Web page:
Wednesday, November 3, 2010

MRO Sector Sees India Growth Opportunities

Aviation Daily Nov 03 , 2010 , p. 11
Neelam Mathews

India's fledgling maintenance, repair and overhaul industry has the potential to grow exponentially in coming years, says Ravi Menon, CEO and Founder of Air Works India, the country's only third-party MRO provider.

MRO work is typically outsourced to other countries while the Indian aviation industry is expanding rapidly, Menon said during a panel discussion Nov. 2 at AVIATION WEEK’s MRO Asia conference in Singapore.

In addition, by 2015, India will have 125 airports, up from 92 this year, as well as 1,800 aircraft by 2025, which creates enormous scope for setting up MRO facilities, said V.V Surendran, general manager-technical services at Kingfisher Airlines. Opportunities exist in areas such as paint shops, which do not exist in India.

“Less than 5% of MRO work is carried out in India. It all goes abroad,” he said.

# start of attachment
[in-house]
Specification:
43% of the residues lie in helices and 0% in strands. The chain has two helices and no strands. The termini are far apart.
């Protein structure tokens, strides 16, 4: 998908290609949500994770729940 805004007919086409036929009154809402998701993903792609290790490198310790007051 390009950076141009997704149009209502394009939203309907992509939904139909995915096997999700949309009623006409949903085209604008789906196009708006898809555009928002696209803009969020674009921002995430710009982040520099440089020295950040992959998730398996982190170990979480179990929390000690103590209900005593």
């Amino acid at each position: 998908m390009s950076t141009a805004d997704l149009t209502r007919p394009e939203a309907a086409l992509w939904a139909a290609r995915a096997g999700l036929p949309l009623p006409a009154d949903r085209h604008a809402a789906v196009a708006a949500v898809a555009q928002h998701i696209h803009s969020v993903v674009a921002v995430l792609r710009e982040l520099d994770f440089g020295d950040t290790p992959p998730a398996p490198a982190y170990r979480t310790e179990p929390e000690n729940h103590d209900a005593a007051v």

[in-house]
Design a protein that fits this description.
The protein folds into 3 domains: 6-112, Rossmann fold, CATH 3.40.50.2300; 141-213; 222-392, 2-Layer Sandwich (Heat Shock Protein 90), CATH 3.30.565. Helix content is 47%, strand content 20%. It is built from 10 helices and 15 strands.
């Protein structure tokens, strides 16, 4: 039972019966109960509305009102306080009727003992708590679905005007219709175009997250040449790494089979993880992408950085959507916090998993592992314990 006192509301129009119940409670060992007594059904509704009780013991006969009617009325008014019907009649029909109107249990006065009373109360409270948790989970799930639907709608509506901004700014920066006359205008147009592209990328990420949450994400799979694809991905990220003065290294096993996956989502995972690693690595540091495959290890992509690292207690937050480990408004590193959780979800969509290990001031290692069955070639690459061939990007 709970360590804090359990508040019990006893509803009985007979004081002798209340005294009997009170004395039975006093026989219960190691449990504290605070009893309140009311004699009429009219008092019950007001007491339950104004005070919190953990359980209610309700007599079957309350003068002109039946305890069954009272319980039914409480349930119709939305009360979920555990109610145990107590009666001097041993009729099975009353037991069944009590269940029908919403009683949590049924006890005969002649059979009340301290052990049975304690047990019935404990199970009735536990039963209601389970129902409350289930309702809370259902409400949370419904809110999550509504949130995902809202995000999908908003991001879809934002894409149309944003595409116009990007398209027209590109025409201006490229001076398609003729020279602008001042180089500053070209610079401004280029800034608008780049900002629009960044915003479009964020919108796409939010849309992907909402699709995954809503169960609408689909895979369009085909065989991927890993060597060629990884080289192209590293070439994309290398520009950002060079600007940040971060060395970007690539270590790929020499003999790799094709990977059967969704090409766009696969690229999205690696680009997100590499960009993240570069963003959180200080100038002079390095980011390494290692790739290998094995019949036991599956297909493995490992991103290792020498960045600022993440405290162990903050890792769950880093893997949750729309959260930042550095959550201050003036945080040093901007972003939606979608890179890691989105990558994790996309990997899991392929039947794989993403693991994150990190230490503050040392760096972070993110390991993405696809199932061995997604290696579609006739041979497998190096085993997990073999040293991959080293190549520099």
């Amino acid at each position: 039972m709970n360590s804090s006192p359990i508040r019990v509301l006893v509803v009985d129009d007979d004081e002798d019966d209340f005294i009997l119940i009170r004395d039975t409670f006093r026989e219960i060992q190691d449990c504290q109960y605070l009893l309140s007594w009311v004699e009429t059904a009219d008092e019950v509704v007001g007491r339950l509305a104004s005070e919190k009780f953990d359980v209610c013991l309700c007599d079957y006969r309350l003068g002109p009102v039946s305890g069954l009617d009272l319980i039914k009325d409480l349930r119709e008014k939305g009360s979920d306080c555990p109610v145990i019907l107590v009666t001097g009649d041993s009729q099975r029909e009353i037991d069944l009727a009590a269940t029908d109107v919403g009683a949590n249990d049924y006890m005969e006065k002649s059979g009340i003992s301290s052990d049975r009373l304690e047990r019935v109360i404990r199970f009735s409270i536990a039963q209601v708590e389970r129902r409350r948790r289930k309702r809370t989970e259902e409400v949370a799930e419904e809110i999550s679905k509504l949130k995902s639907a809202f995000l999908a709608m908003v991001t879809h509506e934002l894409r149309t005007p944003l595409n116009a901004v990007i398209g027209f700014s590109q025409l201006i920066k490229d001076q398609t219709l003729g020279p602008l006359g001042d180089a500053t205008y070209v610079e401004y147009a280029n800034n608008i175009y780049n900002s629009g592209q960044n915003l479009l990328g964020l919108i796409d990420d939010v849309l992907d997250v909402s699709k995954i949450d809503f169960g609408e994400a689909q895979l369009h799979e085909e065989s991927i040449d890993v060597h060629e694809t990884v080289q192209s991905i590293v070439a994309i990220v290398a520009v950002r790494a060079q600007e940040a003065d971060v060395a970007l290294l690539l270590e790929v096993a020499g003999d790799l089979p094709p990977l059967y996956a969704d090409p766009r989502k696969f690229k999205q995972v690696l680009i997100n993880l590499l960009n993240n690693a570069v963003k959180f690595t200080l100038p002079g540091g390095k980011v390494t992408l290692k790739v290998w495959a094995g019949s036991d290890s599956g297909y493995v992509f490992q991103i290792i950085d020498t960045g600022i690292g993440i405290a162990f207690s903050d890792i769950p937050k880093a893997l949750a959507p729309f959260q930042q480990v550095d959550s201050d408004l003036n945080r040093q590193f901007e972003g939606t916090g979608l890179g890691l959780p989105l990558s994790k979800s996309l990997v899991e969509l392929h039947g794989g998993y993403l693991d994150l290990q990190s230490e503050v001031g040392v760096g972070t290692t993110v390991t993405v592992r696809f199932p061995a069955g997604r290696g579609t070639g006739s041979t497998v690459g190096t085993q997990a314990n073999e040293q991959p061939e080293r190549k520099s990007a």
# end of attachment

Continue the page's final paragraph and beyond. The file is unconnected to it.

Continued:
The nearly $475 million currently spent on MRO in India is expected to go up to about $1 billion by 2020, said Menon. “MROs in India are more [an] imperative than an option,” he said. The challenge is to build in cost efficiencies. The competitive advantage of low labor cost is lost with the existing constraints of high taxes, regulatory issues, lack of space at metro airports, lack of training institutions and a high attrition rate of skilled labor.

“An airline loses money, while an MRO makes it. There is need for economies of scale and a quality one-stop shop,” said Surendran.

Airlines can make all the difference if they are willing to sign longer maintenance agreements. While the government looks at aviation seriously, it does not consider MRO a priority,” said Fredrik Groth, chief operating officer of InterGlobe Aviation. And it has to be an industry initiative, he added.

Given that Mumbai-Delhi is one of the busiest city-pairs with 48 daily flights carrying 106,000 passengers, the aviation business is growing. Koustav Dhar, CEO of New Delhi’s Jagson Air, however, cautions that neighboring countries—Sri Lanka, Bangladesh and Nepal—may have an edge over India because land is cheaper there.

Dhar says an MRO facility may be announced in Bangladesh in March 2011.

“We haven’t created infrastructure to cater to safety requirements in MROs,” added Menon. Dhar said with upgrades to airports, such as Lucknow and Jaipur in central and northern India, opportunities to set up MROs are increasing.

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